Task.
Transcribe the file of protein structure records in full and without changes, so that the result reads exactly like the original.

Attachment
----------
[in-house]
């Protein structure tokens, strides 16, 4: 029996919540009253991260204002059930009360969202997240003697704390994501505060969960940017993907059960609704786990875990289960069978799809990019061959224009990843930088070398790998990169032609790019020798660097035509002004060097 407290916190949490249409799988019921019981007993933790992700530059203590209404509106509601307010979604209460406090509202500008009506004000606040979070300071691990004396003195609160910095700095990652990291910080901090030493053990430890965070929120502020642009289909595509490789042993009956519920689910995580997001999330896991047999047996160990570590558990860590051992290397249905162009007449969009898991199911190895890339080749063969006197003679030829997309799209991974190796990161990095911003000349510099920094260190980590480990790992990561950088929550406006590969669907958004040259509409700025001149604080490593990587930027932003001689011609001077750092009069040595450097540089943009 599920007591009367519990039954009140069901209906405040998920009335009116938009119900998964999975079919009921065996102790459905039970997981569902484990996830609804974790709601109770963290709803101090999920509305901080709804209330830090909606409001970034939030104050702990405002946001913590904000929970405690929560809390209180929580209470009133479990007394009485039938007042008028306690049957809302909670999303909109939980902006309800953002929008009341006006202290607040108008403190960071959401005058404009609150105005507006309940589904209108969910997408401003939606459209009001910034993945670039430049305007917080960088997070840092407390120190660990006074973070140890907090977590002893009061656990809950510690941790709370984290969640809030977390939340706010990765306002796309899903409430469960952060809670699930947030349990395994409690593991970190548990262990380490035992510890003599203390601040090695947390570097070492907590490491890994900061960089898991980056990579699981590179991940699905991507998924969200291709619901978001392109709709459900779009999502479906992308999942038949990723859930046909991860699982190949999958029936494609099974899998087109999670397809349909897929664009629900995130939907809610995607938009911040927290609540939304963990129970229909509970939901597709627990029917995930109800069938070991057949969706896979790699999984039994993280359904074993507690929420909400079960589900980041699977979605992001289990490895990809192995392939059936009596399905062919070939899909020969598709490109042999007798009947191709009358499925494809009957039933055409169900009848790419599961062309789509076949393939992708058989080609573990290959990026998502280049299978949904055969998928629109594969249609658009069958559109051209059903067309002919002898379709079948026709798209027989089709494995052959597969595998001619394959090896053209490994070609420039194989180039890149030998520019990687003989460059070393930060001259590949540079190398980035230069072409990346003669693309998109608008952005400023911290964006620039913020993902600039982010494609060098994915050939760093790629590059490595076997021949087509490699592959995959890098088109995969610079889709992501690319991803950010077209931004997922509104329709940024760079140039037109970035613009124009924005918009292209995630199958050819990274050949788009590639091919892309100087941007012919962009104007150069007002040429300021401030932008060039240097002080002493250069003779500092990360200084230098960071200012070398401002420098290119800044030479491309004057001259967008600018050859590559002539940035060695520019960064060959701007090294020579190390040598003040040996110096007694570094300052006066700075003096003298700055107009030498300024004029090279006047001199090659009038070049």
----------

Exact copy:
[in-house]
């Protein structure tokens, strides 16, 4: 029996919540009253991260204002059930009360969202997240003697704390994501505060969960940017993907059960609704786990875990289960069978799809990019061959224009990843930088070398790998990169032609790019020798660097035509002004060097 407290916190949490249409799988019921019981007993933790992700530059203590209404509106509601307010979604209460406090509202500008009506004000606040979070300071691990004396003195609160910095700095990652990291910080901090030493053990430890965070929120502020642009289909595509490789042993009956519920689910995580997001999330896991047999047996160990570590558990860590051992290397249905162009007449969009898991199911190895890339080749063969006197003679030829997309799209991974190796990161990095911003000349510099920094260190980590480990790992990561950088929550406006590969669907958004040259509409700025001149604080490593990587930027932003001689011609001077750092009069040595450097540089943009 599920007591009367519990039954009140069901209906405040998920009335009116938009119900998964999975079919009921065996102790459905039970997981569902484990996830609804974790709601109770963290709803101090999920509305901080709804209330830090909606409001970034939030104050702990405002946001913590904000929970405690929560809390209180929580209470009133479990007394009485039938007042008028306690049957809302909670999303909109939980902006309800953002929008009341006006202290607040108008403190960071959401005058404009609150105005507006309940589904209108969910997408401003939606459209009001910034993945670039430049305007917080960088997070840092407390120190660990006074973070140890907090977590002893009061656990809950510690941790709370984290969640809030977390939340706010990765306002796309899903409430469960952060809670699930947030349990395994409690593991970190548990262990380490035992510890003599203390601040090695947390570097070492907590490491890994900061960089898991980056990579699981590179991940699905991507998924969200291709619901978001392109709709459900779009999502479906992308999942038949990723859930046909991860699982190949999958029936494609099974899998087109999670397809349909897929664009629900995130939907809610995607938009911040927290609540939304963990129970229909509970939901597709627990029917995930109800069938070991057949969706896979790699999984039994993280359904074993507690929420909400079960589900980041699977979605992001289990490895990809192995392939059936009596399905062919070939899909020969598709490109042999007798009947191709009358499925494809009957039933055409169900009848790419599961062309789509076949393939992708058989080609573990290959990026998502280049299978949904055969998928629109594969249609658009069958559109051209059903067309002919002898379709079948026709798209027989089709494995052959597969595998001619394959090896053209490994070609420039194989180039890149030998520019990687003989460059070393930060001259590949540079190398980035230069072409990346003669693309998109608008952005400023911290964006620039913020993902600039982010494609060098994915050939760093790629590059490595076997021949087509490699592959995959890098088109995969610079889709992501690319991803950010077209931004997922509104329709940024760079140039037109970035613009124009924005918009292209995630199958050819990274050949788009590639091919892309100087941007012919962009104007150069007002040429300021401030932008060039240097002080002493250069003779500092990360200084230098960071200012070398401002420098290119800044030479491309004057001259967008600018050859590559002539940035060695520019960064060959701007090294020579190390040598003040040996110096007694570094300052006066700075003096003298700055107009030498300024004029090279006047001199090659009038070049």